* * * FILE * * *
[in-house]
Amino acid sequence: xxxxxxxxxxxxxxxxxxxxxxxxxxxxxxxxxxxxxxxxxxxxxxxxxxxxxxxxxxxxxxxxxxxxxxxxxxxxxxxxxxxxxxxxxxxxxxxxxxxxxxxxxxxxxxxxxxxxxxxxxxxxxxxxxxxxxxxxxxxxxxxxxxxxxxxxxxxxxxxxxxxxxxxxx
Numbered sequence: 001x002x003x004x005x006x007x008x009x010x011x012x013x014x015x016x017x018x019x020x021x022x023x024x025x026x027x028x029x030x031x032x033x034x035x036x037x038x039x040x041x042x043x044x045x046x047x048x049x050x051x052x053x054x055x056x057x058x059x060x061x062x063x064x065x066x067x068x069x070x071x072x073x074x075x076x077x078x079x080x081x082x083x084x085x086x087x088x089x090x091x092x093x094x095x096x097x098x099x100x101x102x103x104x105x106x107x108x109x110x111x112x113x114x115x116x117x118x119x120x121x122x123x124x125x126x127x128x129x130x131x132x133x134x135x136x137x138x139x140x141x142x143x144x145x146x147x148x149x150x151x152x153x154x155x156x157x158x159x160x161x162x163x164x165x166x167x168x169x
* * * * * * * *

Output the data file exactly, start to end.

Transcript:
[in-house]
Amino acid sequence: xxxxxxxxxxxxxxxxxxxxxxxxxxxxxxxxxxxxxxxxxxxxxxxxxxxxxxxxxxxxxxxxxxxxxxxxxxxxxxxxxxxxxxxxxxxxxxxxxxxxxxxxxxxxxxxxxxxxxxxxxxxxxxxxxxxxxxxxxxxxxxxxxxxxxxxxxxxxxxxxxxxxxxxxx
Numbered sequence: 001x002x003x004x005x006x007x008x009x010x011x012x013x014x015x016x017x018x019x020x021x022x023x024x025x026x027x028x029x030x031x032x033x034x035x036x037x038x039x040x041x042x043x044x045x046x047x048x049x050x051x052x053x054x055x056x057x058x059x060x061x062x063x064x065x066x067x068x069x070x071x072x073x074x075x076x077x078x079x080x081x082x083x084x085x086x087x088x089x090x091x092x093x094x095x096x097x098x099x100x101x102x103x104x105x106x107x108x109x110x111x112x113x114x115x116x117x118x119x120x121x122x123x124x125x126x127x128x129x130x131x132x133x134x135x136x137x138x139x140x141x142x143x144x145x146x147x148x149x150x151x152x153x154x155x156x157x158x159x160x161x162x163x164x165x166x167x168x169x